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Mapping the “White, Marmorean Flock”: Anne Whitney Abroad, 1867–1868
Jacqueline Marie Musacchio is Professor of Italian Renaissance and Baroque Art at Wellesley College. Many of her publications have focused on the material culture of private life, including The Art and Ritual of Childbirth in Renaissance Italy (Yale University Press, 1999), Art, Marriage, and Family in the Florentine Renaissance Palace (Yale University Press, 2009), and an essay and entries for the exhibition catalogue Art and Love in Renaissance Italy (Yale University Press, 2008). Her earlier article for NCAW, “Infesting the Galleries of Europe: The Copyist Emma Conant Church in Paris and Rome” (Autumn 2011), won the 2012 Online Publishing Prize from the Association of Research Institutes in Art History. This research is part of her current book project, At Home Abroad: Anne Whitney and American Women Artists in Late Nineteenth-Century Italy.
Email the author jmusacch[at]wellesley.edu.
with Jenifer Bartle and David McClure, assisted by Kalyani Bhatt
NOTE: To best view the exhibits associated with this article, we recommend using Google Chrome. Zoom and focus for individual entries were set on a Lenovo Thinkpad with a 14-inch screen; although Neatline adjusts as best as it can according to the size of your screen, certain features may not respond as intended. Larger screens, for example, may not stretch the map to cover the entire view while smaller screens and tablet devices may stack maps, timeline, and popup windows, making it difficult to see all the features in context. Your respective internet speed may also result in slow loading, particularly for points on the Massachusetts and Switzerland maps.
The article, maps, and timeline components of this project illustrate the first sixteen months of Anne Whitney’s life abroad in a macro and micro fashion. In the language of the Neatline plugin used to generate the interactive features, the maps and timeline constitute two “exhibits”; where relevant, these exhibits are linked to the article in both the main text and endnotes. Although the article tells a complete narrative on its own, readers seeking more information, or the manuscript sources for my analysis, can link to precise points in the exhibits. While I hope readers will use text and tools together for the most complete experience, they can be accessed independently. In fact, doing so will yield even more information, since there are many records in the exhibit that are not linked to in the article, but which provide a broader and richer context for Whitney’s experience and indeed that of other female artists abroad of this era.
Anne Whitney Abroad, 1867–1868: The Continental Perspective
Anne Whitney Abroad, 1867–1868: The First Sixteen Months
Exploring the Maps and Timelines
Users can navigate the exhibits either via the timeline entries or by simply moving around the map itself, clicking on dots or arrows for additional information, or using the zoom feature to move in or out. The latter type of navigation allows you, for example, to read all the records about St. Peter’s at once, even though they take place over many months. However, please note that the maps will refocus and/or zoom in on the relevant location when a timeline record is clicked, but not when a dot or arrow is clicked on the map. To get the most information from the map, you must access each individual record through the timeline or through the direct links in the article. Clicking and dragging the map will cause the timeline to shrink to the lower left corner of the screen, maximizing the map view. Simply clicking on the timeline again will restore it to its original size and position.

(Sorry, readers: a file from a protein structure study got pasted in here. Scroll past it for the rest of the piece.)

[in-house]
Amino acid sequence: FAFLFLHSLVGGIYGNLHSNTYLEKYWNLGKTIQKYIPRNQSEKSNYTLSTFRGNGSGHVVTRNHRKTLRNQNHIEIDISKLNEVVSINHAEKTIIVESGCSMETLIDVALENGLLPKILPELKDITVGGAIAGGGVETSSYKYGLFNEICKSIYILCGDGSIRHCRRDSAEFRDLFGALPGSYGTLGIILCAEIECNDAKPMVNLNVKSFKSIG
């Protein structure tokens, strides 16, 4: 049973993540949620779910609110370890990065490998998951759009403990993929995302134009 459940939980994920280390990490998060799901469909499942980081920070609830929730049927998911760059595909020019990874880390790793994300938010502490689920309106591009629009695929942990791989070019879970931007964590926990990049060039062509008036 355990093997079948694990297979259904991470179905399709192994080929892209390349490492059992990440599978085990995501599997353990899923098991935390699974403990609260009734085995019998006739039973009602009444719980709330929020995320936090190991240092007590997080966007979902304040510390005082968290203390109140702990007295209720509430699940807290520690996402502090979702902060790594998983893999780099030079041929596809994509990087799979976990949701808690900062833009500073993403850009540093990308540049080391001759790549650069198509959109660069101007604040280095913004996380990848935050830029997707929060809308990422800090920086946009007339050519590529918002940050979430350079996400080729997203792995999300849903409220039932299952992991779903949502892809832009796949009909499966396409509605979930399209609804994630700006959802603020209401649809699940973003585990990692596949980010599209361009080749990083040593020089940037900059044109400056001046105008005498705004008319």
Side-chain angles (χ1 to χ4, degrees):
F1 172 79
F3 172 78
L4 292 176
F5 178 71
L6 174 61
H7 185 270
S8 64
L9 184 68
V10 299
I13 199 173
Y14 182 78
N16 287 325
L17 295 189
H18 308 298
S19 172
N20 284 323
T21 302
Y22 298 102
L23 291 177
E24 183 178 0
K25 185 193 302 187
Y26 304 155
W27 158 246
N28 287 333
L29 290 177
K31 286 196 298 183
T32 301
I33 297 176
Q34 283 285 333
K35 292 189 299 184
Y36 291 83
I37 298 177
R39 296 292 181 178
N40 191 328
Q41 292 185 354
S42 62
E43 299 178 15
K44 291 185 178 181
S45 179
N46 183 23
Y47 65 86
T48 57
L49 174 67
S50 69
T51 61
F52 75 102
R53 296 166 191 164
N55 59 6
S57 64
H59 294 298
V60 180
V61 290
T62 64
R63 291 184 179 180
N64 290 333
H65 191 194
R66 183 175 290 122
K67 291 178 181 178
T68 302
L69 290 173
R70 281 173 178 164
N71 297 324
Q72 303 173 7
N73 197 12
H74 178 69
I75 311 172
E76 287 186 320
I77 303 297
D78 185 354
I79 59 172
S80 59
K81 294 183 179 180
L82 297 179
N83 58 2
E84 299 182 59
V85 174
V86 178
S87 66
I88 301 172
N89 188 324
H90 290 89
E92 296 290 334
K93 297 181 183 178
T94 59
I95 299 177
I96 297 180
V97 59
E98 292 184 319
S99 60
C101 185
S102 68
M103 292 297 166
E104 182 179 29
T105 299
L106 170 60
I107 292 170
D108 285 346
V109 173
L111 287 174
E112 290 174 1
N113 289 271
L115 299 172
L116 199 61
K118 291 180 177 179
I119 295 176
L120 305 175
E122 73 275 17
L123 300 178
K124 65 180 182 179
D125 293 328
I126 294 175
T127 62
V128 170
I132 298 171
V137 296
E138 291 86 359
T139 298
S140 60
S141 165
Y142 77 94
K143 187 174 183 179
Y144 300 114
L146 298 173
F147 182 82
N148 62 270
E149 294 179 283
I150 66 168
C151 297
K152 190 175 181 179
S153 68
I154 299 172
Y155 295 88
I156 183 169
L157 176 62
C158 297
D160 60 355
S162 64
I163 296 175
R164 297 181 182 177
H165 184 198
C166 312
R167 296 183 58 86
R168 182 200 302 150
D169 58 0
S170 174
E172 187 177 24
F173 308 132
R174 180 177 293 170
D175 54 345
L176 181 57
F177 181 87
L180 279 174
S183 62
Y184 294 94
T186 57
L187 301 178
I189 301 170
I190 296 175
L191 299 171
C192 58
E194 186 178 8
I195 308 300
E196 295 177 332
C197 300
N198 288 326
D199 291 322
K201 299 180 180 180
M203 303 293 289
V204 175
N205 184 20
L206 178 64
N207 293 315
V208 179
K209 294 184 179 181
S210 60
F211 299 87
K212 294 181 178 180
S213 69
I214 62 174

The timelines in both exhibits can be explored using a mouse wheel, a track pad, or a touch screen. When they are first loaded, the entire sixteen month span is visible, with records crowded together. Readers can expand and contract the timeline to a minimum of seven days by scrolling (up and down on a mouse wheel) or “pinching” (on a track pad, a touch mouse, or a touch screen). The timeline on The Continental Perspective exhibit has a single track; that on The First Sixteen Months exhibit is divided into five tracks: travel, daily events, sites, art, and events. These categories are conceived broadly to correspond to the different aspects of Whitney’s experience, providing an enhanced visualization of events in her life and in the larger world of Rome and beyond. In The First Sixteen Months exhibit, category tracks will expand and contract in height so that all records are visible.
How to Cite the Exhibits
“Anne Whitney Abroad, 1867–1868: The First Sixteen Months,” in Jacqueline Marie Musacchio, “Mapping the ‘White, Marmorean Flock’: Anne Whitney Abroad, 1867–1868,” Nineteenth-Century Art Worldwide 13, no. 2 (Fall 2014): omeka.wellesley.edu/annewhitney/neatline/show/detail
To cite a particular record:
Colton, G. Woolworth. Colton’s Massachusetts and Rhode Island. New York: Colton, 1865. (Digitized by David Rumsey Map Collection)
Colton, G. Woolworth and Richard Swainson Fisher. Colton’s General Atlas, Containing One Hundred and Eighty Steel Plate Maps and Plans. New York: Colton, 1865.
Dumas-Vorzet, Edouard. Paris. Paris: Librairie du Petit Journal, 1867. (Digitized by Harvard Geospatial Library)
Italy: Handbook for Travellers; Central Italy and Rome. Coblenz: Karl Baedeker, 1869.
Italy: Handbook for Travelers. Coblenz: Karl Baedeker, 1867.
Paris and Northern France: Handbook for Travelers. Coblenz: Karl Baedeker, 1867.
Switzerland and the Adjacent Portions of Italy, Savoy, and the Tyrol: Handbook for Travelers. Coblenz: Karl Baedeker, 1867.